Navy starts to make sub­marines with fe­male sailors in mind

The Washington Times Daily - - NATION - BY JEN­NIFER MCDER­MOTT

PROVIDENCE, R.I. | Every sub­ma­rine in the U.S. fleet was de­signed with the height, reach and strength of men in mind, in­clud­ing the way valves are placed and how dis­play screens are an­gled. That’s go­ing to change.

With women now serv­ing aboard sub­marines, de­fense con­trac­tor Elec­tric Boat is de­sign­ing what will be the first Navy subs built specif­i­cally to ac­com­mo­date fe­male crew mem­bers.

The de­sign­ers are do­ing the ob­vi­ous things, such as adding more doors and wash­rooms to cre­ate sep­a­rate sleep­ing and bathing ar­eas for men and women and to give them more pri­vacy.

But they also are mak­ing more sub­tle mod­i­fi­ca­tions that may not have been in ev­ery­one’s periscope when the Navy ad­mit­ted women into the Si­lent Ser­vice.

For ex­am­ple, they are low­er­ing some over­head valves and mak­ing them eas­ier to turn, and in­stalling steps in front of the triple-high bunk beds and stacked laun­dry ma­chines.

The first ves­sel to be built with some of the new fea­tures, the fu­ture USS New Jersey, is ex­pected to be de­liv­ered to the Navy in 2021.

The Navy lifted its ban on women on sub­marines in 2010, start­ing with of­fi­cers. About 80 fe­male of­fi­cers and roughly 50 en­listed women are serv­ing on subs, and their num­bers are ex­pected to climb into the hun­dreds over the next few years.

For now, the Navy is retrofitting ex­ist­ing subs with ex­tra doors and des­ig­nated wash­rooms to ac­com­mo­date women.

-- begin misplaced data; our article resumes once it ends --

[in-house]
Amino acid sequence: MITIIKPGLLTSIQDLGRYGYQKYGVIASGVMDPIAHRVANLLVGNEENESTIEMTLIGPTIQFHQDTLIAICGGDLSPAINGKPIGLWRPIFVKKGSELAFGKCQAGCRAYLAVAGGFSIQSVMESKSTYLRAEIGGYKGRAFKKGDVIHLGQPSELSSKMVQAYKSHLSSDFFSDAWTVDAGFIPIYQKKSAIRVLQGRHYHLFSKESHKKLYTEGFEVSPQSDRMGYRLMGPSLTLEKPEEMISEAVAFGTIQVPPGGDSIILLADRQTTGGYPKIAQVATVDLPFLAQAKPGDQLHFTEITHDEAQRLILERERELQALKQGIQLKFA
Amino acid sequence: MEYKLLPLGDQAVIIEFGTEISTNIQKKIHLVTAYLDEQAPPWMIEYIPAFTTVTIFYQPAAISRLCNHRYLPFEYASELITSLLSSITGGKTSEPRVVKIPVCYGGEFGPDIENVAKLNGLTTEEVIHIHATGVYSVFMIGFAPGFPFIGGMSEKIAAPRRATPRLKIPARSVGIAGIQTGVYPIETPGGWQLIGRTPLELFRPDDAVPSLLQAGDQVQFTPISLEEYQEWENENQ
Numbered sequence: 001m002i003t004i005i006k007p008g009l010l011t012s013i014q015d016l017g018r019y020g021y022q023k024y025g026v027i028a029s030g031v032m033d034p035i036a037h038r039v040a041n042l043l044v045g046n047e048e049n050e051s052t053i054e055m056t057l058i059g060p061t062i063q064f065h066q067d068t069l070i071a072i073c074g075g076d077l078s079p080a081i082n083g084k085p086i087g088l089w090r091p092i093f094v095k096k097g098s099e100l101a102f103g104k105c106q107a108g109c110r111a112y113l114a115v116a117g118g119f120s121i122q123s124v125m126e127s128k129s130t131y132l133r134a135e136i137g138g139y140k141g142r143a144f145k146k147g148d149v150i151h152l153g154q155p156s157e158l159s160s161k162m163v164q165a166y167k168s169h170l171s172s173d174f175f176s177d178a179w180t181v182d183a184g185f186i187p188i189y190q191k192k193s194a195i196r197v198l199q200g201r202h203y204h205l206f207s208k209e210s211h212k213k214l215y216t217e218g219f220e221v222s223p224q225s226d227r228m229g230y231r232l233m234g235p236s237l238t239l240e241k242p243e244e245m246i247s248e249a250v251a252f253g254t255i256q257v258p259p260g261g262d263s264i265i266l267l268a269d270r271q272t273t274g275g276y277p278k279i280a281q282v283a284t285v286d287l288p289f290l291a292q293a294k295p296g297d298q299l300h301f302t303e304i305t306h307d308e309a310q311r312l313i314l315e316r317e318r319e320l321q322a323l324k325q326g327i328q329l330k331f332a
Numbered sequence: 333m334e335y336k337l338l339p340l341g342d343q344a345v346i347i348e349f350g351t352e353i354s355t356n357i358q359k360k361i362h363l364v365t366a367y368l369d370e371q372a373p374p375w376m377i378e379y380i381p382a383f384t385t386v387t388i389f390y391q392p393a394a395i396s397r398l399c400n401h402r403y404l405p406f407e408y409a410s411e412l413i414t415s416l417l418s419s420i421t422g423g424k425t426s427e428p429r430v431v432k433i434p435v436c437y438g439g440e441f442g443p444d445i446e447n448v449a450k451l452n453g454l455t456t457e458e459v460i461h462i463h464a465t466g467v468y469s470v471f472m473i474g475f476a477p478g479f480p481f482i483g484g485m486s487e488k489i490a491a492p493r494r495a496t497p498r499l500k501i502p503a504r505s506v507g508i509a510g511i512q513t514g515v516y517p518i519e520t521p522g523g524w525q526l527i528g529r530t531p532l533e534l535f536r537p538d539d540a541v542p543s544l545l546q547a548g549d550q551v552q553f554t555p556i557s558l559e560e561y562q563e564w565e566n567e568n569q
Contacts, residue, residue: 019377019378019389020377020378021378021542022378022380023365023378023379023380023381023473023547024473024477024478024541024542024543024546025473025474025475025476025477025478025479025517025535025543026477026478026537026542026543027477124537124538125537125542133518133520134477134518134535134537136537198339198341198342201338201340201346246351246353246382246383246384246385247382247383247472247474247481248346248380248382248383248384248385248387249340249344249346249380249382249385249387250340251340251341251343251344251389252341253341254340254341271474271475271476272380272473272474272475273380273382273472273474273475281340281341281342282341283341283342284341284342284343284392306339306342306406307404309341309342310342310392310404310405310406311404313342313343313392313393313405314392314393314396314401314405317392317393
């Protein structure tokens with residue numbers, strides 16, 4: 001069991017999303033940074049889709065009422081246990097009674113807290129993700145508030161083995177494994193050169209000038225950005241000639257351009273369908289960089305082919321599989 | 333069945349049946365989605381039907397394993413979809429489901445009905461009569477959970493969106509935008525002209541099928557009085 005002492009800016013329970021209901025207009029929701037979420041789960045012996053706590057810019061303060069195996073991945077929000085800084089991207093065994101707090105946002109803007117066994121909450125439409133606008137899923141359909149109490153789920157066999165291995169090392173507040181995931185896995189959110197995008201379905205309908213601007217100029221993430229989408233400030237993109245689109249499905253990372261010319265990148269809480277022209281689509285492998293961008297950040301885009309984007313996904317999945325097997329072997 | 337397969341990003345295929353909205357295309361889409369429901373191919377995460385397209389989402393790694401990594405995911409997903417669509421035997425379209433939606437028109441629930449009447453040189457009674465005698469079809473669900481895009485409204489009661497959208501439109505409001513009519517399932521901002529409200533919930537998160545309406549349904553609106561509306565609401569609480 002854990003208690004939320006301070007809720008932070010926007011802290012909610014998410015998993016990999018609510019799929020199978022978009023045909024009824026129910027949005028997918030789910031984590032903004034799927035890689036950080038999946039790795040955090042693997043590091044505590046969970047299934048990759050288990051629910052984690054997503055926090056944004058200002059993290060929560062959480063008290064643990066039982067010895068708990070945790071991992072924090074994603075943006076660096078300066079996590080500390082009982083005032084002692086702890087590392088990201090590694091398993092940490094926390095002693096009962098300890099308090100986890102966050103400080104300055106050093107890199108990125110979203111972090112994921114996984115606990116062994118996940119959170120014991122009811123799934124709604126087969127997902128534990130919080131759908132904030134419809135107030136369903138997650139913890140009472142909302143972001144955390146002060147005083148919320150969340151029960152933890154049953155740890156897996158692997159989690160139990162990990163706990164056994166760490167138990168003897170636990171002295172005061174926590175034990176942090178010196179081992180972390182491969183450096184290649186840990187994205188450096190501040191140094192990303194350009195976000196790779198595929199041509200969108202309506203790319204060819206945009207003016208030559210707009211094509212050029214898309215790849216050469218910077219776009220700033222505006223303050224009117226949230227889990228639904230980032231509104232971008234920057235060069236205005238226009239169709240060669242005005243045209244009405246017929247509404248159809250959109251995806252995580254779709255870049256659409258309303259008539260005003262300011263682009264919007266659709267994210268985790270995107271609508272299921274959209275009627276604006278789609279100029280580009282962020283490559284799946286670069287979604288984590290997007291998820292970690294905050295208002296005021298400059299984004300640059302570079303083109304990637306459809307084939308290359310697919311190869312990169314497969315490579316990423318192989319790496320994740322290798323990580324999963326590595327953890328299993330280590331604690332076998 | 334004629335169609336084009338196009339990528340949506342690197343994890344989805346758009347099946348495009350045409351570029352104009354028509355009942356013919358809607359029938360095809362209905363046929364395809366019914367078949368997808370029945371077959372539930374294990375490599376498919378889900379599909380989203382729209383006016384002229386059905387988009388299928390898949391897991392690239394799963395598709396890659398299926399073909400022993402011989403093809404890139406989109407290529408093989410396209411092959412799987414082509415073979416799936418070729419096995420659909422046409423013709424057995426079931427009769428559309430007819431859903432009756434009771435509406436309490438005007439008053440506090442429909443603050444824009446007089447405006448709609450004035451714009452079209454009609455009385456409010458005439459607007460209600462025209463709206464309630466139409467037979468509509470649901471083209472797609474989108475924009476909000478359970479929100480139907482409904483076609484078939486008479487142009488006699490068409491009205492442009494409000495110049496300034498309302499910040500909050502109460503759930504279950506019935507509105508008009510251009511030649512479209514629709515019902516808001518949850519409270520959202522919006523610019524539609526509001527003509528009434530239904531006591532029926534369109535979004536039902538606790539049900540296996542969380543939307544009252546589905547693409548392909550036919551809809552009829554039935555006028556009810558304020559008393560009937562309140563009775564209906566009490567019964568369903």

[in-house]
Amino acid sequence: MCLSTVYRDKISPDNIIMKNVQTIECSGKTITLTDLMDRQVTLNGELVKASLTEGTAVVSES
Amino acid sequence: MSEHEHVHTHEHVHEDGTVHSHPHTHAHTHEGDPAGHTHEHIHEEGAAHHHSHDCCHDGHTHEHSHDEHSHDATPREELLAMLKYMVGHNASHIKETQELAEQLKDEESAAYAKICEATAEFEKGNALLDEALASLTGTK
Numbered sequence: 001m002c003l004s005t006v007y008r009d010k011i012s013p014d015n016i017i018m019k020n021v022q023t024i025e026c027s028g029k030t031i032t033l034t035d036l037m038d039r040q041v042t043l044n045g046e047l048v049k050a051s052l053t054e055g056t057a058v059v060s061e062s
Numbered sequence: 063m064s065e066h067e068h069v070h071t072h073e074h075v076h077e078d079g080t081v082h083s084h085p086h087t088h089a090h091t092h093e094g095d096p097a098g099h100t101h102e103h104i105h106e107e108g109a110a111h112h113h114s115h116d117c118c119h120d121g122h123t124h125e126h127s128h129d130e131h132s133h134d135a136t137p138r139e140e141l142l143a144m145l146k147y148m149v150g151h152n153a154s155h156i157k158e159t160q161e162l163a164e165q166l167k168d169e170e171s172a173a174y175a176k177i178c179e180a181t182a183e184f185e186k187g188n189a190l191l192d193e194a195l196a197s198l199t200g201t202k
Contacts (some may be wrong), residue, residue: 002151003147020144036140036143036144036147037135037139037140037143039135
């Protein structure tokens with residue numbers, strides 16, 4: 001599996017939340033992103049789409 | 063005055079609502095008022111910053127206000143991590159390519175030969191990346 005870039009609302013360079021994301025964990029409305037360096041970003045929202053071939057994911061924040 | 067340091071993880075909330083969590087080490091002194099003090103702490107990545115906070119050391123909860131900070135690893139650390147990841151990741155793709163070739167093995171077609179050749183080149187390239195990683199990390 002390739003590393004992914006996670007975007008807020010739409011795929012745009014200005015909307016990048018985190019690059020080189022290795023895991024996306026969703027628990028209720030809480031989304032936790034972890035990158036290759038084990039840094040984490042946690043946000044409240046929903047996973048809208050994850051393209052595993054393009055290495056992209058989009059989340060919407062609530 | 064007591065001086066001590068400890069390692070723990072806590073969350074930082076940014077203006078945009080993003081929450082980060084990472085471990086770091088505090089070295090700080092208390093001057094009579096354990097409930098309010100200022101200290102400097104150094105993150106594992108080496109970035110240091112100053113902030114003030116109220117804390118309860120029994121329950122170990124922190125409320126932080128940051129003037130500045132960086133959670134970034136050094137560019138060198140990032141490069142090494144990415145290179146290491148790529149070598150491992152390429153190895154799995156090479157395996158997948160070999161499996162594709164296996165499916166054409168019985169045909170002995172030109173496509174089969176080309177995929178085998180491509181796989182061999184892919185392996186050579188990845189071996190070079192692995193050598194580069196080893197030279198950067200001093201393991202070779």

But Elec­tric Boat in Gro­ton, Con­necti­cut, is at work on a re­design of the Navy’s Vir­ginia-class fast-at­tack subs and is de­vel­op­ing a brand-new class of bal­lis­tic mis­sile sub­marines, re­ly­ing on body mea­sure­ments for both men and women.

“We have a clean sheet of paper, so from the ground up, we’ll op­ti­mize for both men and women,” said Brian Wil­son, Elec­tric Boat di­rec­tor of the new bal­lis­tic-mis­sile sub pro­gram.

Elec­tric Boat of­fi­cials had no im­me­di­ate es­ti­mate of how much the mod­i­fi­ca­tions will cost.

As any­one who watches war movies knows, sub­mariners are al­ways turn­ing valves, whether to op­er­ate ma­chin­ery, re­dis­tribute wa­ter be­tween tanks or iso­late part of a sys­tem that has been dam­aged.

On the Columbia-class boats, valves will gen­er­ally be placed lower, Mr. Wil­son said. Some­times there will be an ex­ten­sion han­dle, and some will be eas­ier to turn. Sailors will be able to connect their masks into the emer­gency air sys­tem at the side of pas­sage­ways, in­stead of over­head.

Emer­gency air masks are be­ing moved on fast-at­tack sub­marines, too, but the bulk of the changes on those subs are to en­sure pri­vacy.

Seats in the con­trol room on the bal­lis­tic mis­sile sub­marines will ad­just for­ward a little more so ev­ery­one can touch each dis­play and reach every joy­stick. Steps will be added so shorter peo­ple can climb into the top bunk or see into the wash­ers and dry­ers be­cause cloth­ing that gets stuck in a ma­chine is a fire haz­ard.

The first Columbia-class bal­lis­ticmis­sile sub is sched­uled to join the fleet in 2031.

Aboard the guided-mis­sile USS Ge­or­gia, Petty Of­fi­cer 3rd Class DonPaul Mitchell trains Ens. Tabitha Stro­bel, one of the first women serv­ing on Navy sub­marines.

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